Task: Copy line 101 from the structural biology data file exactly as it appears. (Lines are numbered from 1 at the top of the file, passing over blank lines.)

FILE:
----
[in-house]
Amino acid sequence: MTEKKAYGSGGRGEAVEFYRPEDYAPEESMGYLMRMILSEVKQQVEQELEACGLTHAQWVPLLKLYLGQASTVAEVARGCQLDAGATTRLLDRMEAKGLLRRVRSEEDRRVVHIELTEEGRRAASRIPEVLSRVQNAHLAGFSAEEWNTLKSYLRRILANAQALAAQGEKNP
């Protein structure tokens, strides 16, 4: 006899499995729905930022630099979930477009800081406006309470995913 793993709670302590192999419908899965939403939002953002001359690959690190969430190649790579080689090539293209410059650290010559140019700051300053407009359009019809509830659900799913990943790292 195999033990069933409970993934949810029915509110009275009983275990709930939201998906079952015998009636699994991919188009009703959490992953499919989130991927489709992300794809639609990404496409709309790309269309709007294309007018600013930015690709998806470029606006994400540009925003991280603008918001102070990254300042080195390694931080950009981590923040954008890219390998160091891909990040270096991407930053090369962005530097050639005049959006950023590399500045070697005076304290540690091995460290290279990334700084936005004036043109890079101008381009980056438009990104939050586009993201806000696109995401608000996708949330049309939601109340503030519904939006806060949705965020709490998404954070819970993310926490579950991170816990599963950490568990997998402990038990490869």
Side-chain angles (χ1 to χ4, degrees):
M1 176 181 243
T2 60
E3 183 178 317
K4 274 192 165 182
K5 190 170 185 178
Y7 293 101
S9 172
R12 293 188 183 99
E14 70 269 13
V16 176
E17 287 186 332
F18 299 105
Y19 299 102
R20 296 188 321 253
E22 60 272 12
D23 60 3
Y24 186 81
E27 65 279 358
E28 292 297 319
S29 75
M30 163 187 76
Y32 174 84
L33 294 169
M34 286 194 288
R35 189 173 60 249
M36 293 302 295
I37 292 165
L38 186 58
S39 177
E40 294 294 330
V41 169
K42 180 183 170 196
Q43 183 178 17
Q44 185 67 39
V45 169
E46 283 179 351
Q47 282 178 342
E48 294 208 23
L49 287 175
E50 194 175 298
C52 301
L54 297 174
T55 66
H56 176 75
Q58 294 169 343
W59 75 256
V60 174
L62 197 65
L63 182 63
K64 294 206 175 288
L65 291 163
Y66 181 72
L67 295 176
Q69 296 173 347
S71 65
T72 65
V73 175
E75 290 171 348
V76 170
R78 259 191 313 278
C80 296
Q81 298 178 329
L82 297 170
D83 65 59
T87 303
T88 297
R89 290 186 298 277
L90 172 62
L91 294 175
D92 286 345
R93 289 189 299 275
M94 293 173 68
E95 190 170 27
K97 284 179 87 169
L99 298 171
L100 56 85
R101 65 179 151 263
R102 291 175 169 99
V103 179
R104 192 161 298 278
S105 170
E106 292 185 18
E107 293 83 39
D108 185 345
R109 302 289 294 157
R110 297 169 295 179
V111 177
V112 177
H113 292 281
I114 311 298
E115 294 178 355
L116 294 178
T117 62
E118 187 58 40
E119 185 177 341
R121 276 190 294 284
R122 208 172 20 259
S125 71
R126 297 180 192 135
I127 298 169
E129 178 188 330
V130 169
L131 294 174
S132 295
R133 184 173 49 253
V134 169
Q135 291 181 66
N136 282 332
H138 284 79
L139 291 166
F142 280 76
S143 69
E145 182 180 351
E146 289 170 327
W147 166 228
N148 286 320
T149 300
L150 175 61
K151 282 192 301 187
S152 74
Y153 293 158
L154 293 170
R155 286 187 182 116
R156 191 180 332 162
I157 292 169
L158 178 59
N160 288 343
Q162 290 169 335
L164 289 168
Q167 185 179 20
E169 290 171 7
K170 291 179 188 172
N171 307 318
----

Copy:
R122 208 172 20 259